The Silent University, initiated by Ahmet Öğüt in 2012, is an autonomous platform for academics who cannot share their knowledge due to their status of residence, because their degrees are not recognized or regaining access to academia is blocked for other reasons. It is a solidary school by refugees, asylum seekers and migrants who contribute to the program as lecturers, consultants, and researchers. The Silent University proposes a new institution outside of the restrictions of existing universities, migration laws and the other bureaucratic or juridical obstacles many migrants face. At the same time it mimics the idea of exiting universities, using their representational logics by developing alternative structures of pedagogy beyond border politics, race/ethnicity and normative education. Current branches of the Silent University include Hamburg, Stockholm and Mülheim/Ruhr. Former branches were located in Amman, Athens, London and Copenhagen.
Discussions about representation in assemblies, democracies and legal cases are usually reserved to human beings. But recent discussions around the Anthropocene and new materialism have fiercely challenged such anthropocentric limitations. Professor for Law Radha D’Souza argues that the concept of rights is fundamentally flawed as it is always associated with private property, contracts, and contractual social relations. Drawing on insights from indigenous cultures and everyday practices, she points out the centrality of assembly for collective life among animals and humans. Performance maker and theorist Sibylle Peters deals in her practice as theorist and theatre maker since many years with concepts of assembling – recently also trying to create zones of companionship in which humans and other co-species can come together without food chains or zoo cages getting in-between.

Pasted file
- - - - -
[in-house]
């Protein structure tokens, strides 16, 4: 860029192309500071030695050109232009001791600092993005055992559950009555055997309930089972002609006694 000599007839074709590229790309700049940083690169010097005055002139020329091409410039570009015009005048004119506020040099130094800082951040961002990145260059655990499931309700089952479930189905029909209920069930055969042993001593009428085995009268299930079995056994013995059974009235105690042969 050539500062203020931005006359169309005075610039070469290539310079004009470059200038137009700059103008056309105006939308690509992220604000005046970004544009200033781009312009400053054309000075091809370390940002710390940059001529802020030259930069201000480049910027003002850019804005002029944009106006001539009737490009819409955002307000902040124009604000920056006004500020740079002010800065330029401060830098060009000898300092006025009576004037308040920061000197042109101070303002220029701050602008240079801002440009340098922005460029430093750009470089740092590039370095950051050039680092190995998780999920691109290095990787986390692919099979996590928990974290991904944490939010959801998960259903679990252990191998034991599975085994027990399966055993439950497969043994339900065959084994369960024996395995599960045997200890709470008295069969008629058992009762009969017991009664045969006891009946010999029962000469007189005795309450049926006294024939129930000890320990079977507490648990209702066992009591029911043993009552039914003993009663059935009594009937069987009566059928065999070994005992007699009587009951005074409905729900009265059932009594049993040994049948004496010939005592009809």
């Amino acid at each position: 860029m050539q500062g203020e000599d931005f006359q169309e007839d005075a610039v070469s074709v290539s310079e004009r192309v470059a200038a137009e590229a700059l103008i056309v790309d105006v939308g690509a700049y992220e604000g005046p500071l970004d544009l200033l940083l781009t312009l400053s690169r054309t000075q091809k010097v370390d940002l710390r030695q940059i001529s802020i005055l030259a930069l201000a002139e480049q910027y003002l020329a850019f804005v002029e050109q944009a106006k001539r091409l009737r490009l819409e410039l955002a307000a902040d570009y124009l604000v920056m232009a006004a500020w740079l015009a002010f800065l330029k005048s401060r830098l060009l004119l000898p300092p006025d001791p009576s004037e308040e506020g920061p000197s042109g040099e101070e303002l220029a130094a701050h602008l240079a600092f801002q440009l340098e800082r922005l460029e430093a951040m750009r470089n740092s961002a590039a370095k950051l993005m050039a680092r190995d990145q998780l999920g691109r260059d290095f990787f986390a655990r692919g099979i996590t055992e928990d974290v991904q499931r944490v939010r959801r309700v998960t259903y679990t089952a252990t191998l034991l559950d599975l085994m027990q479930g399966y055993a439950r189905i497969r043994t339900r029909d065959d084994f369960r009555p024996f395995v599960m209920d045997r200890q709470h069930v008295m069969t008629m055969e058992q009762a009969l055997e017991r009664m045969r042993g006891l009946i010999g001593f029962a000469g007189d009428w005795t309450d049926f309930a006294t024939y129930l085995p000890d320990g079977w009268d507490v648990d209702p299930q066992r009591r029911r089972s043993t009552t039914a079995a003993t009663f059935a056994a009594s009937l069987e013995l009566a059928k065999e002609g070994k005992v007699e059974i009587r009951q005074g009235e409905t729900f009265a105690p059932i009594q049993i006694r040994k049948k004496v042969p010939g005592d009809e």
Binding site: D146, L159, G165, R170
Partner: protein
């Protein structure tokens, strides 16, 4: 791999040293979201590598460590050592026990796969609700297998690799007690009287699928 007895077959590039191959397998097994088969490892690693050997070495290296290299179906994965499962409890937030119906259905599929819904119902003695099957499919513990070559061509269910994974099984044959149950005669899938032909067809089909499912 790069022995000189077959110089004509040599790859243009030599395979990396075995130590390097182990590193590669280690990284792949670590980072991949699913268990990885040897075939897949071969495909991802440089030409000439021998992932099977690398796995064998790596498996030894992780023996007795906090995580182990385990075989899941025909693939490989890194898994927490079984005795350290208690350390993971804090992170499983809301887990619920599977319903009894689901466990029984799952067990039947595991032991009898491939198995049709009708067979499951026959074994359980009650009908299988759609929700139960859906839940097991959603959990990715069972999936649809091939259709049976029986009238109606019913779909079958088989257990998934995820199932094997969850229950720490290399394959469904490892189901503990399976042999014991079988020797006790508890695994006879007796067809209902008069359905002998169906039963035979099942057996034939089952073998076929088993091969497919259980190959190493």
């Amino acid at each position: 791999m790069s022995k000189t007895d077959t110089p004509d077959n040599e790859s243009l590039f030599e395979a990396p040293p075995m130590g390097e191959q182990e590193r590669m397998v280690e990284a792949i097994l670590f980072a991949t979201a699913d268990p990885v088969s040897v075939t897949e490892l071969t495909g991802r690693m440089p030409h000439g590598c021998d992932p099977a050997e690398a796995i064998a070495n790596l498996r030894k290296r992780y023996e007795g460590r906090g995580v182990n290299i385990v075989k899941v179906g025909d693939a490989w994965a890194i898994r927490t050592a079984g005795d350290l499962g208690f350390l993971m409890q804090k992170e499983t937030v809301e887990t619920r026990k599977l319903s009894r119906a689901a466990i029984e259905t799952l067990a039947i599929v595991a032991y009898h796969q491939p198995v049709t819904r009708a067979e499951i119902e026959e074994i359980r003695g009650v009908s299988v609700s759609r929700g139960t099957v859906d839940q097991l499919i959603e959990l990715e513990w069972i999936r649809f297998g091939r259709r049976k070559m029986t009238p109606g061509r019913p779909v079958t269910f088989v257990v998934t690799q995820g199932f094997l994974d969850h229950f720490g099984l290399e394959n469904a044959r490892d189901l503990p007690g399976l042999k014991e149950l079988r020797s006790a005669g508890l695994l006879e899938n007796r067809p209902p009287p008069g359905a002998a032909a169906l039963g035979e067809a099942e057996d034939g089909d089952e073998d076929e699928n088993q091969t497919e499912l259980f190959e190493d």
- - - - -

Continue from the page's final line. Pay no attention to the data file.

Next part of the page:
In 2019 Sibylle Peters devised a project called Animals of Manchester (including humanz) for which she tried to install a zone of interspecies equality in a park. Live artists, animal rights activists, researchers, kids and a number of species present in Manchester worked together to imagine and rehearse an alternative version of the city: How would it look like, if all species – including humanz – had the same rights?
Drawing on insights from indigenous cultures and everyday practices, D’Souza’s talk focuses on the centrality of assembly for collective life among animals and humans. Capitalist modernity introduces a rupture between natures, peoples and places by transforming nature into property, people into ‘labour force’ and place into territory. The concept of rights in liberal theory and practice plays a critical role in transforming a natural relationship into a legal one founded on property and contract. The challenge is to go beyond “othering”